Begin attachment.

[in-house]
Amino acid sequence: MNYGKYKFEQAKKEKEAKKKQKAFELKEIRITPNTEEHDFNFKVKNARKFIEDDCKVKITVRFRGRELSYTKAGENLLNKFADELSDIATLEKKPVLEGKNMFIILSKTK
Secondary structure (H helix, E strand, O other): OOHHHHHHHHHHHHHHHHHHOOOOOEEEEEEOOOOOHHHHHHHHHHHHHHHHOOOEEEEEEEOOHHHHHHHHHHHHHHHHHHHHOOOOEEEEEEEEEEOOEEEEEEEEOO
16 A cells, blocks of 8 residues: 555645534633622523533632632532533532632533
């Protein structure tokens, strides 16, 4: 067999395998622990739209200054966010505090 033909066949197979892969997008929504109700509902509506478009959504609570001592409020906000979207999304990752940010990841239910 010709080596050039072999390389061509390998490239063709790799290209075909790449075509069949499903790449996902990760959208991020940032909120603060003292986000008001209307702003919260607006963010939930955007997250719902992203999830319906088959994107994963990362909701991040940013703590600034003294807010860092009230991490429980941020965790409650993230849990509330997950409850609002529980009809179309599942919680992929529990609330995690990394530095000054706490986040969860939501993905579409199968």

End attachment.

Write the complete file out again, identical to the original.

[in-house]
Amino acid sequence: MNYGKYKFEQAKKEKEAKKKQKAFELKEIRITPNTEEHDFNFKVKNARKFIEDDCKVKITVRFRGRELSYTKAGENLLNKFADELSDIATLEKKPVLEGKNMFIILSKTK
Secondary structure (H helix, E strand, O other): OOHHHHHHHHHHHHHHHHHHOOOOOEEEEEEOOOOOHHHHHHHHHHHHHHHHOOOEEEEEEEOOHHHHHHHHHHHHHHHHHHHHOOOOEEEEEEEEEEOOEEEEEEEEOO
16 A cells, blocks of 8 residues: 555645534633622523533632632532533532632533
């Protein structure tokens, strides 16, 4: 067999395998622990739209200054966010505090 033909066949197979892969997008929504109700509902509506478009959504609570001592409020906000979207999304990752940010990841239910 010709080596050039072999390389061509390998490239063709790799290209075909790449075509069949499903790449996902990760959208991020940032909120603060003292986000008001209307702003919260607006963010939930955007997250719902992203999830319906088959994107994963990362909701991040940013703590600034003294807010860092009230991490429980941020965790409650993230849990509330997950409850609002529980009809179309599942919680992929529990609330995690990394530095000054706490986040969860939501993905579409199968």